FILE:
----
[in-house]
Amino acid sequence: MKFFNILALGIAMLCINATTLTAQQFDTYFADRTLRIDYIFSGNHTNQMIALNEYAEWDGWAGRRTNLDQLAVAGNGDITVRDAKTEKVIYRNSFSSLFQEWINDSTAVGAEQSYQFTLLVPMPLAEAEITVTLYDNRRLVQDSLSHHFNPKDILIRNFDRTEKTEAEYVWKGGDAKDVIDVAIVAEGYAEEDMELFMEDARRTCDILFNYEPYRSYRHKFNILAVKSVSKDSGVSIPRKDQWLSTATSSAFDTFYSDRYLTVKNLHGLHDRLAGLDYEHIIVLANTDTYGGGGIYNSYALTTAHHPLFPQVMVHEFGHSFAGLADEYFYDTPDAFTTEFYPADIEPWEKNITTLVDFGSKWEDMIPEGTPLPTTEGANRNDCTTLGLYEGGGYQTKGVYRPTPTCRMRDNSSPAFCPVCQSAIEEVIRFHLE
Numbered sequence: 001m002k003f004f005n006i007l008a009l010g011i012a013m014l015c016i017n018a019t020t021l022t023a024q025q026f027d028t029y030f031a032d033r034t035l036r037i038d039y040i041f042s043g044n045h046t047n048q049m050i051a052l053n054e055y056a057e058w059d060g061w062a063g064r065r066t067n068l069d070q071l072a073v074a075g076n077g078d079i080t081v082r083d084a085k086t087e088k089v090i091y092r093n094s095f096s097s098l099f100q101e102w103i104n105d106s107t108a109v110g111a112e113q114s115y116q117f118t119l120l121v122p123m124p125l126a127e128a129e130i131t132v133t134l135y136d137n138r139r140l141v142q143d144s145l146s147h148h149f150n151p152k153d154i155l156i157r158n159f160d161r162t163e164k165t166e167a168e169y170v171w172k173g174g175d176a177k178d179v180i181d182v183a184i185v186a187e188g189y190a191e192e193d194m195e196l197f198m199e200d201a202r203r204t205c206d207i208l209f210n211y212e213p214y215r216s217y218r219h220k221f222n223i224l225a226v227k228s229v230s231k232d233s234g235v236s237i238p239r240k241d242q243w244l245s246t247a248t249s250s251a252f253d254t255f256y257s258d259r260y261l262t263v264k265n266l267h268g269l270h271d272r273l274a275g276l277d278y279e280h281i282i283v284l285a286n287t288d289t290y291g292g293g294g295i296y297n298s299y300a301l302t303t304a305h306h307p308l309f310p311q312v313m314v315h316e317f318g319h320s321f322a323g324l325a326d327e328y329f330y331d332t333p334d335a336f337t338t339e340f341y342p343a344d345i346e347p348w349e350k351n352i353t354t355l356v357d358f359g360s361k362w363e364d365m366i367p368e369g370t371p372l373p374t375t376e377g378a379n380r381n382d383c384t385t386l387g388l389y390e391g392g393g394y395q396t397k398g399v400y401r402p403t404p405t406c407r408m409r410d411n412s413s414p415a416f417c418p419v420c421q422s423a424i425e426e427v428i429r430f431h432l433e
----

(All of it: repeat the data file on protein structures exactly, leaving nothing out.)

[in-house]
Amino acid sequence: MKFFNILALGIAMLCINATTLTAQQFDTYFADRTLRIDYIFSGNHTNQMIALNEYAEWDGWAGRRTNLDQLAVAGNGDITVRDAKTEKVIYRNSFSSLFQEWINDSTAVGAEQSYQFTLLVPMPLAEAEITVTLYDNRRLVQDSLSHHFNPKDILIRNFDRTEKTEAEYVWKGGDAKDVIDVAIVAEGYAEEDMELFMEDARRTCDILFNYEPYRSYRHKFNILAVKSVSKDSGVSIPRKDQWLSTATSSAFDTFYSDRYLTVKNLHGLHDRLAGLDYEHIIVLANTDTYGGGGIYNSYALTTAHHPLFPQVMVHEFGHSFAGLADEYFYDTPDAFTTEFYPADIEPWEKNITTLVDFGSKWEDMIPEGTPLPTTEGANRNDCTTLGLYEGGGYQTKGVYRPTPTCRMRDNSSPAFCPVCQSAIEEVIRFHLE
Numbered sequence: 001m002k003f004f005n006i007l008a009l010g011i012a013m014l015c016i017n018a019t020t021l022t023a024q025q026f027d028t029y030f031a032d033r034t035l036r037i038d039y040i041f042s043g044n045h046t047n048q049m050i051a052l053n054e055y056a057e058w059d060g061w062a063g064r065r066t067n068l069d070q071l072a073v074a075g076n077g078d079i080t081v082r083d084a085k086t087e088k089v090i091y092r093n094s095f096s097s098l099f100q101e102w103i104n105d106s107t108a109v110g111a112e113q114s115y116q117f118t119l120l121v122p123m124p125l126a127e128a129e130i131t132v133t134l135y136d137n138r139r140l141v142q143d144s145l146s147h148h149f150n151p152k153d154i155l156i157r158n159f160d161r162t163e164k165t166e167a168e169y170v171w172k173g174g175d176a177k178d179v180i181d182v183a184i185v186a187e188g189y190a191e192e193d194m195e196l197f198m199e200d201a202r203r204t205c206d207i208l209f210n211y212e213p214y215r216s217y218r219h220k221f222n223i224l225a226v227k228s229v230s231k232d233s234g235v236s237i238p239r240k241d242q243w244l245s246t247a248t249s250s251a252f253d254t255f256y257s258d259r260y261l262t263v264k265n266l267h268g269l270h271d272r273l274a275g276l277d278y279e280h281i282i283v284l285a286n287t288d289t290y291g292g293g294g295i296y297n298s299y300a301l302t303t304a305h306h307p308l309f310p311q312v313m314v315h316e317f318g319h320s321f322a323g324l325a326d327e328y329f330y331d332t333p334d335a336f337t338t339e340f341y342p343a344d345i346e347p348w349e350k351n352i353t354t355l356v357d358f359g360s361k362w363e364d365m366i367p368e369g370t371p372l373p374t375t376e377g378a379n380r381n382d383c384t385t386l387g388l389y390e391g392g393g394y395q396t397k398g399v400y401r402p403t404p405t406c407r408m409r410d411n412s413s414p415a416f417c418p419v420c421q422s423a424i425e426e427v428i429r430f431h432l433e